Date of Conferral



Doctor of Education (Ed.D.)




Elcy Chacko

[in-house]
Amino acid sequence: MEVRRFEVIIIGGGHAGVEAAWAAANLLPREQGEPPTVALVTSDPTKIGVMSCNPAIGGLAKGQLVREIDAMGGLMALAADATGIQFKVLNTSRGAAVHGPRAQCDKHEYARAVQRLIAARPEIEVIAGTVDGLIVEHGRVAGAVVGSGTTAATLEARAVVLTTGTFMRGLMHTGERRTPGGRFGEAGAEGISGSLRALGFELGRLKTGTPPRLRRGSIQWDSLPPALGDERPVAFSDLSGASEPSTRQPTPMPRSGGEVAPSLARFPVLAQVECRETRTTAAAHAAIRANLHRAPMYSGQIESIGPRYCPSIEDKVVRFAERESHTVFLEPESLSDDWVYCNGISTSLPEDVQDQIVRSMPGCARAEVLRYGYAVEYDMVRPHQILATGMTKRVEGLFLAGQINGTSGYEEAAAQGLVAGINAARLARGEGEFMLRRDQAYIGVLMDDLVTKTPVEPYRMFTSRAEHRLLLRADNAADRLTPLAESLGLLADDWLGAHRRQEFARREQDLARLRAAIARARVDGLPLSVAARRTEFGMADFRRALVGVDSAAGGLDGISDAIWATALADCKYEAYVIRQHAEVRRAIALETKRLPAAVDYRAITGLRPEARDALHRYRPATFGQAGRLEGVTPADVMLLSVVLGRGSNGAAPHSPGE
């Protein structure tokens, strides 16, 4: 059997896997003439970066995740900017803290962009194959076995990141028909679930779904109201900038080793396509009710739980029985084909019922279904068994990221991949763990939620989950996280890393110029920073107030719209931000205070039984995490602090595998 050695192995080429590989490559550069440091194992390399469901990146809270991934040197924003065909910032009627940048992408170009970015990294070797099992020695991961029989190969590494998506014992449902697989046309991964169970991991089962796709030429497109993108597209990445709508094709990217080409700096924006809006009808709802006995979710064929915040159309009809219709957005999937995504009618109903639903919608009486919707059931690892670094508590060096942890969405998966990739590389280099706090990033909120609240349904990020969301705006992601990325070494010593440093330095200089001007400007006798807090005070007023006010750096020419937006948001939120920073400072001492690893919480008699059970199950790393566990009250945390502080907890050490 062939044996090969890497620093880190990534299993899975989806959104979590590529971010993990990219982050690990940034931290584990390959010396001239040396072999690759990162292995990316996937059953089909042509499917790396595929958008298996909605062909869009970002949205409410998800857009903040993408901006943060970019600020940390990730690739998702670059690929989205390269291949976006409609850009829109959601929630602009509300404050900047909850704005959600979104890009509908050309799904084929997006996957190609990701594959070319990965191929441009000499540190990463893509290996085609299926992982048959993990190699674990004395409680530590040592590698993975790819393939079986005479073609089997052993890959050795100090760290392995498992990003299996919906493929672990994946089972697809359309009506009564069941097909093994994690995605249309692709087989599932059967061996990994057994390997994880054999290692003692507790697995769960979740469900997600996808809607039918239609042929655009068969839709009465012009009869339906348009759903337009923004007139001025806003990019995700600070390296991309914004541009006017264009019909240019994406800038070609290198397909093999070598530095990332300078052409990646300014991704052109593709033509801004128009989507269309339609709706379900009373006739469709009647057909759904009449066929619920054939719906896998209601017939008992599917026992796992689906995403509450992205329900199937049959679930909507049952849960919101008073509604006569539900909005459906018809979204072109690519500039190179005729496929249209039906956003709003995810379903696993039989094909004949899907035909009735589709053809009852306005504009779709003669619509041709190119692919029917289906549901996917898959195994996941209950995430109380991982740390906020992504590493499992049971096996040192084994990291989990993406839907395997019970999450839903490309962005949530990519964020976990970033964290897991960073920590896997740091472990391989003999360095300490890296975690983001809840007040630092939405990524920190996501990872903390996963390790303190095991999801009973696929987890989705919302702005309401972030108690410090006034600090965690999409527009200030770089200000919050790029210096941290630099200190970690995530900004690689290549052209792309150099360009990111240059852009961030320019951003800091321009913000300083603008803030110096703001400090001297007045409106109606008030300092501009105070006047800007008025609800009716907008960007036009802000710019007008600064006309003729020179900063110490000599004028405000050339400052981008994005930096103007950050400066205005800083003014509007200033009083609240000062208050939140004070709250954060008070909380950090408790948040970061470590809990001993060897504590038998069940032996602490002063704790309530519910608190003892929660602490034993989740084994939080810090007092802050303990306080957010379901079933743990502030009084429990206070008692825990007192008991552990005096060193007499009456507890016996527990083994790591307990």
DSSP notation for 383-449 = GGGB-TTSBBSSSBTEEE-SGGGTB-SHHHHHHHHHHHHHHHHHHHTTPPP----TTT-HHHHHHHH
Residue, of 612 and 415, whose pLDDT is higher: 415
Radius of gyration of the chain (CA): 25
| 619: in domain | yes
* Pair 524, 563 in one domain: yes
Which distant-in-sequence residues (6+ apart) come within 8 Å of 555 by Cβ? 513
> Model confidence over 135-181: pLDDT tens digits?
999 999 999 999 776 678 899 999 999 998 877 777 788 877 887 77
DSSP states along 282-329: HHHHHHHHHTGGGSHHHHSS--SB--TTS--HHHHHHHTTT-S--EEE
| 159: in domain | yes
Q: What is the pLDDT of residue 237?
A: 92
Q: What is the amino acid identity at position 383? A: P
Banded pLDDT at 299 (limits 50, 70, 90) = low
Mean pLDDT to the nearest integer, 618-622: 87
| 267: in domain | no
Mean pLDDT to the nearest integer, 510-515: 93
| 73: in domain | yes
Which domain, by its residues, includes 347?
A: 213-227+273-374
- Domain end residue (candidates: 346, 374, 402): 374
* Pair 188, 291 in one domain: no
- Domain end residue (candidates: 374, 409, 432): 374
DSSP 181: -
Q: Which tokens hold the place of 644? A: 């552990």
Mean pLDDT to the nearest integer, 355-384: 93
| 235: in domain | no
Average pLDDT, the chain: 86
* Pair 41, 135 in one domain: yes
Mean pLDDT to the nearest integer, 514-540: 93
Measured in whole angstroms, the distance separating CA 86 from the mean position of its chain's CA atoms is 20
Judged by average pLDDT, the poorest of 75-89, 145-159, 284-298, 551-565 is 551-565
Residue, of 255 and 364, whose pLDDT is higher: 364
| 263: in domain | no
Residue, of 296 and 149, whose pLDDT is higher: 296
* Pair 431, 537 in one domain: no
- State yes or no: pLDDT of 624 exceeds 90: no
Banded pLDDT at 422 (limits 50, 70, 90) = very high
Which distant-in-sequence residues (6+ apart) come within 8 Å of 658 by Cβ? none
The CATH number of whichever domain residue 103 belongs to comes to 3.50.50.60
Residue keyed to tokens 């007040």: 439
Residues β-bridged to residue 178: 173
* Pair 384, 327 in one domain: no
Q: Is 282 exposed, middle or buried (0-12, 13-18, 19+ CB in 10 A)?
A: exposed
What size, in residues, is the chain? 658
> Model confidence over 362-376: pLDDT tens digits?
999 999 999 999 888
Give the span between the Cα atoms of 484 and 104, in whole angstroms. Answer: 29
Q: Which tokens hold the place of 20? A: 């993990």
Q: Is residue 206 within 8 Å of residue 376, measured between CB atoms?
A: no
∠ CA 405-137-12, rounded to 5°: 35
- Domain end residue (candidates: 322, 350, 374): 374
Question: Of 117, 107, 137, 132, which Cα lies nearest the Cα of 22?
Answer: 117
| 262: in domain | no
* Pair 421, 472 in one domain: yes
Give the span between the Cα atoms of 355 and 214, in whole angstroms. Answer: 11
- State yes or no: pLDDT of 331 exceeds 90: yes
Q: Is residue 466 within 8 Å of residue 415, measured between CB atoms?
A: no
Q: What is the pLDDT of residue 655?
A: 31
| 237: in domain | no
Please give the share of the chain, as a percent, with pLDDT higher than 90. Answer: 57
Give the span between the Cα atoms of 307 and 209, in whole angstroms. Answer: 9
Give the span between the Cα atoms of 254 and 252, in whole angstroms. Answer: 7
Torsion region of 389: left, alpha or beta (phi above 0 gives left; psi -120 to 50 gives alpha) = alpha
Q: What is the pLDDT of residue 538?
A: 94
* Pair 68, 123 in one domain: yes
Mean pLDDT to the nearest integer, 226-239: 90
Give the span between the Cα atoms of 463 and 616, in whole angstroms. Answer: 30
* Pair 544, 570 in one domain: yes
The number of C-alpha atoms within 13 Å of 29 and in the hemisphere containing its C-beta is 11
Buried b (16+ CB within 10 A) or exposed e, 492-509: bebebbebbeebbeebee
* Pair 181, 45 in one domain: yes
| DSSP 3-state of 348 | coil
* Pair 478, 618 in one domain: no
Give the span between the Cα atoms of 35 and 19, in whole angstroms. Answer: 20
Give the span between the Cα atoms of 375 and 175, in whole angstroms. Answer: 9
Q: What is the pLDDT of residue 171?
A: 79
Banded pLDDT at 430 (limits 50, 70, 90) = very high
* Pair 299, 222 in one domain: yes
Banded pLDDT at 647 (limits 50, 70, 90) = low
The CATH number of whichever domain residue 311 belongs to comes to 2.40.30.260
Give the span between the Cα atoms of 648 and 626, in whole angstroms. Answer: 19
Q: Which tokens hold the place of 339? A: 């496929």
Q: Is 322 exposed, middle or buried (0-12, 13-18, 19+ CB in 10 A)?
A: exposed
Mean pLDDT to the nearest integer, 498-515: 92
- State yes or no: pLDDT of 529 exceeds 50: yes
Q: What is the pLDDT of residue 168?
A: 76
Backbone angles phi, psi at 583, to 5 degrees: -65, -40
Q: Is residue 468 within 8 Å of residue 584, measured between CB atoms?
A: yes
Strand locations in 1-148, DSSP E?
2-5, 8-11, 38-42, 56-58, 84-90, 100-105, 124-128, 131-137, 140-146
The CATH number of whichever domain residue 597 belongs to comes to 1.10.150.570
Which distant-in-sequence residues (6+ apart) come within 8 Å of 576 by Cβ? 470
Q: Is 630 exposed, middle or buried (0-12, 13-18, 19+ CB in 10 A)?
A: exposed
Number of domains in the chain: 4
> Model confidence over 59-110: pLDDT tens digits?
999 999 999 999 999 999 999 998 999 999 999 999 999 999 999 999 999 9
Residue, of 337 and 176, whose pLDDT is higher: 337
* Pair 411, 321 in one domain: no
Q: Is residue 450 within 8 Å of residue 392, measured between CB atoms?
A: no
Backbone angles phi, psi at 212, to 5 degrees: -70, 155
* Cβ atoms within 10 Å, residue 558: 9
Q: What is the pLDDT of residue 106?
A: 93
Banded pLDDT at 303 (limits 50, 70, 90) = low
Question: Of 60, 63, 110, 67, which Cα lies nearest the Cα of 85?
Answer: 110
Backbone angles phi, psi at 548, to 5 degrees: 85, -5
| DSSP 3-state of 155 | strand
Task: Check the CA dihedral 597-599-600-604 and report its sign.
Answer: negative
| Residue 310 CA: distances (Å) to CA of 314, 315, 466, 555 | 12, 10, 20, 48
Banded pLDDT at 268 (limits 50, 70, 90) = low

The focus of this study was the advising style preference of graduate-level students and advisors in online and hybrid programs at a university in rural Arkansas. Students and advisors will benefit from the results because the advisors will have a greater understanding of expectations during an advising session. The problem stems from the fact that graduate level advising is not considered important by administrators at the study institution. The purpose of this study was to determine how graduate level advisors can better serve students and to use the results as a tool for advisor training. The study was guided by Crookston's developmental advising style, in which the advisor and student work together to ensure student success. The key research questions for the study were the preferred advising style of graduate-level students in online and hybrid programs and the advising style preferred by graduate-level advisors. A mixed method with an explanatory sequential design was used, and the Academic Advising Inventory was administered to the population of graduate students and their advisors using a web-based survey. After completing each section of the inventory, respondents had an opportunity for open responses to clarify their selections. Student responses to the inventory indicated their preferred advising style, the advising style they had received, and their satisfaction with the advising they had received. Advisor responses detailed the form of advising they practice. Data were collected from students (n = 224) and advisors (n = 9). Responses were analyzed by following the Academic Advising Inventory Manual and using SPSS for calculations. The responses were recoded to separate the prescriptive and developmental responses. Next, the items were calculated to determine if each respondent was advised prescriptively or developmentally. Finally, the advising satisfaction level for students was calculated to determine student satisfaction with each form of advising received. The results indicate that graduate-level students in both online and hybrid programs prefer developmental advising over prescriptive advising. Students enrolled in hybrid programs indicated greater satisfaction with the advising they received than students enrolled in online programs. Overall students who received developmental advising reported higher satisfaction rates than those who received prescriptive advising. Results of this study will serve as the basis for graduate advisor training and the creation of a training manual.